Inciter | Just like Sisyphus
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Just like Sisyphus

A colleague of mine recently had a problem with her new Toshiba laptop. Actually, she had many problems lasting many months that resulted in the refrustratedbabybigger.jpgplacement of most of the components of the laptop before it would work properly. During her initial phone consultation with Toshiba’s help desk, she was told to restore the operating system. Now, I don’t know if you’ve ever had to do this, but it basically involves wiping out your entire hard drive, re-installing Windows, and re-installing all of your OTHER software as well. It can take the better part of a day to return your computer to its original state.

But it’s worth it if it works, right? The problem was, restoring the system didn’t work. And every time she called Toshiba after that, they would tell her to restore the system again. She said to me, “Sure, that’s easiest for them, but it’s not easiest for me! Shouldn’t they be more concerned about making life easy for me, since I’m the customer?”

They should. Think carefully about whether or not you are unnecessarily wasting a customer’s time. For example, when you call a company to get help, you often have to give the automated system your name, address, or other information. Most of us understand that this information is needed. When customers get frustrated is when they have to repeat that information again if and when they reach a company representative. A study conducted by Aspect Software showed that customers who had to repeat their information were less likely to be satisfied with their customer service experience. This may seem like a small step, but making customers repeat their actions implies two things, 1) that you don’t have a streamlined system the feeds information from one customer interaction to the next , 2) that you don’t care about their time.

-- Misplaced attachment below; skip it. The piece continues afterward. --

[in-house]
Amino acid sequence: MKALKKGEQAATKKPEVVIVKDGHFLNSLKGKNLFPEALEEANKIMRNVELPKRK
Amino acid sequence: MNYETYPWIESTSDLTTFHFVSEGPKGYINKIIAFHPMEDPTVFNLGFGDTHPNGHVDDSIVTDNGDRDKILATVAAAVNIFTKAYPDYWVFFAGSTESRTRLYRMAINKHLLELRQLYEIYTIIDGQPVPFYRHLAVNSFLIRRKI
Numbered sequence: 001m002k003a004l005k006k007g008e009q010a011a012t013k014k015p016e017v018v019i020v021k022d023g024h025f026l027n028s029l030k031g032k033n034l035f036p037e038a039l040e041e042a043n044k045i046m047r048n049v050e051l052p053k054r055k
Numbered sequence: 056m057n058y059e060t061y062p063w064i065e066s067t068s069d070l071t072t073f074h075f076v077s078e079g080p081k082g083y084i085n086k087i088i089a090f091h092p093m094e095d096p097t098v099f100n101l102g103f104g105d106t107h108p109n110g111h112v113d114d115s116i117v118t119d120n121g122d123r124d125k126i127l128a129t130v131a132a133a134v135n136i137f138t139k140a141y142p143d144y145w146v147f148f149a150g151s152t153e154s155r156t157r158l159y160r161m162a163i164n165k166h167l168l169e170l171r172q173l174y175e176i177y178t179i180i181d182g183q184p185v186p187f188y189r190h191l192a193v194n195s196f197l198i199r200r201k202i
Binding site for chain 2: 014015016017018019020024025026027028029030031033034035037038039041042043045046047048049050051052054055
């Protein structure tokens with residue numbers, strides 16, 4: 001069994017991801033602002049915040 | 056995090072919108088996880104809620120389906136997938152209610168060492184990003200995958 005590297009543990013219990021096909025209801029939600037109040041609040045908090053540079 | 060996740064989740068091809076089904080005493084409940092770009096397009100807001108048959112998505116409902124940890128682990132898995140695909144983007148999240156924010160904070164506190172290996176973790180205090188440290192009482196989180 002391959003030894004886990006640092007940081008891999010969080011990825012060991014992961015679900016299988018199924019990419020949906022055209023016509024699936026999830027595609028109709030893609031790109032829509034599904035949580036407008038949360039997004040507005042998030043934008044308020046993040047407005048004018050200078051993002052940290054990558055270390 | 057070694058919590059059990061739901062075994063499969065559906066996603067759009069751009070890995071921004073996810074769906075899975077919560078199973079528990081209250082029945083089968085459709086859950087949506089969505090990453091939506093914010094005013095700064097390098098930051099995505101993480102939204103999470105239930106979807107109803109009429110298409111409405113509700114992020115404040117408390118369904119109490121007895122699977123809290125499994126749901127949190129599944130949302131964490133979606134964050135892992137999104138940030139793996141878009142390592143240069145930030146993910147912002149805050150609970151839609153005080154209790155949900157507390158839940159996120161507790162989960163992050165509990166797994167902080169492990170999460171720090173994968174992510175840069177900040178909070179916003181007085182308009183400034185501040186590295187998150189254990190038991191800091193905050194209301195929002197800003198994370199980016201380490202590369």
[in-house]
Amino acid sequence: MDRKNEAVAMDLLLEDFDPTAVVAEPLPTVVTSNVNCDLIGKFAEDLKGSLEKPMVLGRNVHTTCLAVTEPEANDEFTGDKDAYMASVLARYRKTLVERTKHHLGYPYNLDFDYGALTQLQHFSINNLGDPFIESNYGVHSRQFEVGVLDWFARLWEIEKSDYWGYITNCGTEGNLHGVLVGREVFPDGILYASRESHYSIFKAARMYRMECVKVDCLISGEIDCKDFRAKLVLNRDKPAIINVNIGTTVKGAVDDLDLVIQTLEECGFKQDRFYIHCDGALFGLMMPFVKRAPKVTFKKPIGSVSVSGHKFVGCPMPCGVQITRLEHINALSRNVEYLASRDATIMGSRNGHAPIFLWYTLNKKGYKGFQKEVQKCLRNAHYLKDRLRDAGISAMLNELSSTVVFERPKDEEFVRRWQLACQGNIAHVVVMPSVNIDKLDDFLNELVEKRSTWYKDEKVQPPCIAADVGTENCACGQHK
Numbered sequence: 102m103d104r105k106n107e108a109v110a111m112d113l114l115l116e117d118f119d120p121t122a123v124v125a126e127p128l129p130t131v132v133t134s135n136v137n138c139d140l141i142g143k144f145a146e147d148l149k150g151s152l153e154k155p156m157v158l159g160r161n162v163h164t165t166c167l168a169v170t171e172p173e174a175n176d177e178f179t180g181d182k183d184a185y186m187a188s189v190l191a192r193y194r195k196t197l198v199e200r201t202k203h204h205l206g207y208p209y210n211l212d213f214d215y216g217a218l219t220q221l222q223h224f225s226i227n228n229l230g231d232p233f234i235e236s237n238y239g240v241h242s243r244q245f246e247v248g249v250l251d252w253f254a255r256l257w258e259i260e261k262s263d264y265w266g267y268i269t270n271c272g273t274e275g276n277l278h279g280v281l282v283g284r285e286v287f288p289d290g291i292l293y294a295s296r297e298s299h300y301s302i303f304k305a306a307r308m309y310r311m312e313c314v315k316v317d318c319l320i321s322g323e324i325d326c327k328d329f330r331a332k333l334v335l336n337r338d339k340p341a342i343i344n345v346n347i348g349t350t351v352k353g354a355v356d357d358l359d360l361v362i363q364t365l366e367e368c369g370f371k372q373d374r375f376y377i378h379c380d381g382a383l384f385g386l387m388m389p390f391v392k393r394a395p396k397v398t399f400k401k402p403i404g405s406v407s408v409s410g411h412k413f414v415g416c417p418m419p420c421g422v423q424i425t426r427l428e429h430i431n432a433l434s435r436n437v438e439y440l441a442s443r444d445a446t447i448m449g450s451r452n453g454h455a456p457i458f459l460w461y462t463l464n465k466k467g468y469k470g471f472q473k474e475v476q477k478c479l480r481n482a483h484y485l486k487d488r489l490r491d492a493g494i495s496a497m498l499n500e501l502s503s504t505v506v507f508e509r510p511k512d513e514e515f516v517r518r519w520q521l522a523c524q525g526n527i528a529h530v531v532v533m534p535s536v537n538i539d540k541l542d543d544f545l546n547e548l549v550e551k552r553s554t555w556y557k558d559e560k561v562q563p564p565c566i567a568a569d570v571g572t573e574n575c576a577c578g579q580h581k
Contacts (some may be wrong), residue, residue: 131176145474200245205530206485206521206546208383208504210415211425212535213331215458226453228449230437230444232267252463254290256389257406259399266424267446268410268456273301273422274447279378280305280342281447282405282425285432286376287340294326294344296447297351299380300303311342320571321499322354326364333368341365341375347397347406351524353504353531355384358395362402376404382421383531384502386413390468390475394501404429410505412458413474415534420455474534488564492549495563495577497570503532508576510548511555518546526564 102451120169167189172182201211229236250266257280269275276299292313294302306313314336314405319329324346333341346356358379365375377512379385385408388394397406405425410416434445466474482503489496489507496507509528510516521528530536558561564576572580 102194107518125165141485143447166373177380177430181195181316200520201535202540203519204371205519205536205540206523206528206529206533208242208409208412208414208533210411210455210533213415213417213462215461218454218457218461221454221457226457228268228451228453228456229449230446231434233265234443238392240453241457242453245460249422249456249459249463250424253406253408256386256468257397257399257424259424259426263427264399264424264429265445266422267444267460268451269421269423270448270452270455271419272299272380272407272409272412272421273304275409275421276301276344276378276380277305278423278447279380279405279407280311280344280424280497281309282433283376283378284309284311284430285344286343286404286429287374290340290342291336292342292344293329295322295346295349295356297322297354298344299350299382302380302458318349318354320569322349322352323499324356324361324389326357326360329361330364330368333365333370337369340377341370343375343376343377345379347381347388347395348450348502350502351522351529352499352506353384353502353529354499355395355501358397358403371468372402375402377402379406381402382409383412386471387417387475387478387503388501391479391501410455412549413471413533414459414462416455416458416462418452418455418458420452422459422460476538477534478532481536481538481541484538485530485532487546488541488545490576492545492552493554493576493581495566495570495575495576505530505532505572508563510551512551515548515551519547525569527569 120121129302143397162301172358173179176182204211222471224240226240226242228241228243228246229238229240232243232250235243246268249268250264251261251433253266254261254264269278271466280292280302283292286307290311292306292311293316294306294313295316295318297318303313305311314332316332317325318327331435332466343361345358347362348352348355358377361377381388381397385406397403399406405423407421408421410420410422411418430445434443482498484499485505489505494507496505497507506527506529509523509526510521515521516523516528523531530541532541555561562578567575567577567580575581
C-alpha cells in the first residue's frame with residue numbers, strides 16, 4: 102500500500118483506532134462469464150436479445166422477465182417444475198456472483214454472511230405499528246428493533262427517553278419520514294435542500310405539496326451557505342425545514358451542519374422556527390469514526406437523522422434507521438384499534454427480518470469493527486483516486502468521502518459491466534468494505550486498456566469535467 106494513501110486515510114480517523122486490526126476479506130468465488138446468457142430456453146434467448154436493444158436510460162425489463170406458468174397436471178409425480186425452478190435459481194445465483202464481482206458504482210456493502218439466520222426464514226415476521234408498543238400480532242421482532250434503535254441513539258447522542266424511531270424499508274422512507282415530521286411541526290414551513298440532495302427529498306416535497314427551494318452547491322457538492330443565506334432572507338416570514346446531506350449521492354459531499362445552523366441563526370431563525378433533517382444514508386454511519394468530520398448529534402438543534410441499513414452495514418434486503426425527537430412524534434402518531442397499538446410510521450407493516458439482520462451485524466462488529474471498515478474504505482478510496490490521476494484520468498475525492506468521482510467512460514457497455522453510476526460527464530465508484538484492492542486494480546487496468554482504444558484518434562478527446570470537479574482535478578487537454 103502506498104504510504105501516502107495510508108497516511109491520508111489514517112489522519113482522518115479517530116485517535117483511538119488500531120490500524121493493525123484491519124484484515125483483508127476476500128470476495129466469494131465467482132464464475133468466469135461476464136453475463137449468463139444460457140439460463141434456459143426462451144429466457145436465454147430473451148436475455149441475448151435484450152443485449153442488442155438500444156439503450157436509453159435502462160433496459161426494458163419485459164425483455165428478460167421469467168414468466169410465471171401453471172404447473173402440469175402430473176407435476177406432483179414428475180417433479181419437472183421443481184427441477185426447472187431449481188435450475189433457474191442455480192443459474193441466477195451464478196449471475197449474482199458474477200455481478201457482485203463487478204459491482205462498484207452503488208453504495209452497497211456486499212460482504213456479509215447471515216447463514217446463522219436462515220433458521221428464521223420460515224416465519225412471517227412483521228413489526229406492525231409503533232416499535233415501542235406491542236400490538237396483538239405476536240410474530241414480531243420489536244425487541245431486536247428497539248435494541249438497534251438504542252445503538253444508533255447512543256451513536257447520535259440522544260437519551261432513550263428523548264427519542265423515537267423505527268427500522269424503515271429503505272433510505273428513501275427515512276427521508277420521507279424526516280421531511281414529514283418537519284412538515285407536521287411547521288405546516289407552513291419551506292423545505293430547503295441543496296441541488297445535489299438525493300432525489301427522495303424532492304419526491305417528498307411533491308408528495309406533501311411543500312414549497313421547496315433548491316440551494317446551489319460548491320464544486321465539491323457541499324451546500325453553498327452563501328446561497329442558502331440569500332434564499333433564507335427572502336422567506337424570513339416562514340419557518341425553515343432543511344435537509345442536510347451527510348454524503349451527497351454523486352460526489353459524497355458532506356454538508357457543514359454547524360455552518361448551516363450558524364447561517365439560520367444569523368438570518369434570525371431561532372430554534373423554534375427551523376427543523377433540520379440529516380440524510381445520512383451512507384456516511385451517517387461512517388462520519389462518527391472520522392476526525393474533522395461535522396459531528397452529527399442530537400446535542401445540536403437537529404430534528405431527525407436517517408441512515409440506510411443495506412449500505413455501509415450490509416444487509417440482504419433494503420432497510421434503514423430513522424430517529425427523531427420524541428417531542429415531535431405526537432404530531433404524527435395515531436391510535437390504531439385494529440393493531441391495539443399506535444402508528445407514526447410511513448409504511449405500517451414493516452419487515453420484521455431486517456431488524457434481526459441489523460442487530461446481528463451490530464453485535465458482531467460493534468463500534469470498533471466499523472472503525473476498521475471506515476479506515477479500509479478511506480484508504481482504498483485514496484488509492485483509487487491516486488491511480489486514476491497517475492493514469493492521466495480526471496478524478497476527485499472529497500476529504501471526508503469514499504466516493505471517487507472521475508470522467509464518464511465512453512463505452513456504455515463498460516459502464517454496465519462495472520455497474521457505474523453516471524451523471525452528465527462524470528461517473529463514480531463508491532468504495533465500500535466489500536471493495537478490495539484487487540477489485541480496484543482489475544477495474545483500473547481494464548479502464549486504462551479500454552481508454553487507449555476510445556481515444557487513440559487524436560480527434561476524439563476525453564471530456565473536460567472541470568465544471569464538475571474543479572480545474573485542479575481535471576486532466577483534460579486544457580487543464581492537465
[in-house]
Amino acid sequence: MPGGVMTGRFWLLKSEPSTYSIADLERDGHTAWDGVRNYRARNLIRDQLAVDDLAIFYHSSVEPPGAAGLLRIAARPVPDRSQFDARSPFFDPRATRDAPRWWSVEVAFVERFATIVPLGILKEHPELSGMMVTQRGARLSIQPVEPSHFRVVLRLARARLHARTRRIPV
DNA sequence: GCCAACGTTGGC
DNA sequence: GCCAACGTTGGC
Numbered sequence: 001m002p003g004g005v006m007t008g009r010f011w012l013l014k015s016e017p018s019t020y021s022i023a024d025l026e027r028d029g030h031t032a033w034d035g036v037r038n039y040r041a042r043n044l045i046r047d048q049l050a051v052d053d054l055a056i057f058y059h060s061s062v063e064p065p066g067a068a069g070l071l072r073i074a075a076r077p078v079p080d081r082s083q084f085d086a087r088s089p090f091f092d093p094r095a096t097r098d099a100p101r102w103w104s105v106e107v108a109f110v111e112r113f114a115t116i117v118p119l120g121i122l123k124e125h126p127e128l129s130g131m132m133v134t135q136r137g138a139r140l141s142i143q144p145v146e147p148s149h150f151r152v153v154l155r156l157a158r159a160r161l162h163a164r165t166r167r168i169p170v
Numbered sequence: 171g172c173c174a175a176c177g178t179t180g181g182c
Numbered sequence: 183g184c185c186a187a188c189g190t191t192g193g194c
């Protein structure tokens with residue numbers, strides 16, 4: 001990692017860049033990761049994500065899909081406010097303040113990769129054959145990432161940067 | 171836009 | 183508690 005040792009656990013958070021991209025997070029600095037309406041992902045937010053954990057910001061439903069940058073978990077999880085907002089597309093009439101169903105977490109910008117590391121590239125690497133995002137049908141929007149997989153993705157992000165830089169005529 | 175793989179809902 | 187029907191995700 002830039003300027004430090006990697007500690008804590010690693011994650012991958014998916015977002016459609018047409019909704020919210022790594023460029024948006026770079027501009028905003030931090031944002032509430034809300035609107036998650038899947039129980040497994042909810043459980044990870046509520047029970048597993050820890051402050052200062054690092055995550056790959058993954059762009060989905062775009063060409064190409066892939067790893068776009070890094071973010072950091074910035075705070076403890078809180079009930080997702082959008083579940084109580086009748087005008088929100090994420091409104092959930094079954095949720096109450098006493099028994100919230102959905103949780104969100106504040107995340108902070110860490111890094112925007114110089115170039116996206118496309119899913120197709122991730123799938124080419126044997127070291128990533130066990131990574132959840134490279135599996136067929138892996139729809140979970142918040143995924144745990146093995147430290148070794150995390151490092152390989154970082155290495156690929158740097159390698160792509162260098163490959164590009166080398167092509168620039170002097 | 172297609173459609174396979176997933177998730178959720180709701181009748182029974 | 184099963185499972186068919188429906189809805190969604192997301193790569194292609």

Repetition is frustrating for everyone. Doing the same thing, again and again, can make a person crazy. It’s a small thing you can do for your customers, acknowledge in some way the efforts they have already made, and don’t make them jump through the same hoops repeatedly, especially when they already know what’s on the other side.

CRC
jill@carsonresearch.com
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